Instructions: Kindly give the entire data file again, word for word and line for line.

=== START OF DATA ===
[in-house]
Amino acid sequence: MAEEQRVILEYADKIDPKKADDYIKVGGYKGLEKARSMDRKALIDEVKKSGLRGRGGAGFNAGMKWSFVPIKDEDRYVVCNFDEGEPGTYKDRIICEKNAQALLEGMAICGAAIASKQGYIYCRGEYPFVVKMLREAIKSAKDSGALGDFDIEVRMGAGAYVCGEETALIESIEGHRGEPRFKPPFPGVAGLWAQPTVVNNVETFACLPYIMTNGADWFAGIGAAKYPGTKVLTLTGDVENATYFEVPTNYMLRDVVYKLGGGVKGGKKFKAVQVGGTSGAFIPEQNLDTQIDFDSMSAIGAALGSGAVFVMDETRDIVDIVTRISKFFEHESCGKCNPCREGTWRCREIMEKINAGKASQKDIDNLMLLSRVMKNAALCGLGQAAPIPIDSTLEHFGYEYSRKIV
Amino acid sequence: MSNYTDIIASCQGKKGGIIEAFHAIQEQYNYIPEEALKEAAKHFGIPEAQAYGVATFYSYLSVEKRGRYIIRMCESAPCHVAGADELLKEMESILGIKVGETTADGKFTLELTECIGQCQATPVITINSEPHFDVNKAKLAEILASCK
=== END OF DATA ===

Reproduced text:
[in-house]
Amino acid sequence: MAEEQRVILEYADKIDPKKADDYIKVGGYKGLEKARSMDRKALIDEVKKSGLRGRGGAGFNAGMKWSFVPIKDEDRYVVCNFDEGEPGTYKDRIICEKNAQALLEGMAICGAAIASKQGYIYCRGEYPFVVKMLREAIKSAKDSGALGDFDIEVRMGAGAYVCGEETALIESIEGHRGEPRFKPPFPGVAGLWAQPTVVNNVETFACLPYIMTNGADWFAGIGAAKYPGTKVLTLTGDVENATYFEVPTNYMLRDVVYKLGGGVKGGKKFKAVQVGGTSGAFIPEQNLDTQIDFDSMSAIGAALGSGAVFVMDETRDIVDIVTRISKFFEHESCGKCNPCREGTWRCREIMEKINAGKASQKDIDNLMLLSRVMKNAALCGLGQAAPIPIDSTLEHFGYEYSRKIV
Amino acid sequence: MSNYTDIIASCQGKKGGIIEAFHAIQEQYNYIPEEALKEAAKHFGIPEAQAYGVATFYSYLSVEKRGRYIIRMCESAPCHVAGADELLKEMESILGIKVGETTADGKFTLELTECIGQCQATPVITINSEPHFDVNKAKLAEILASCK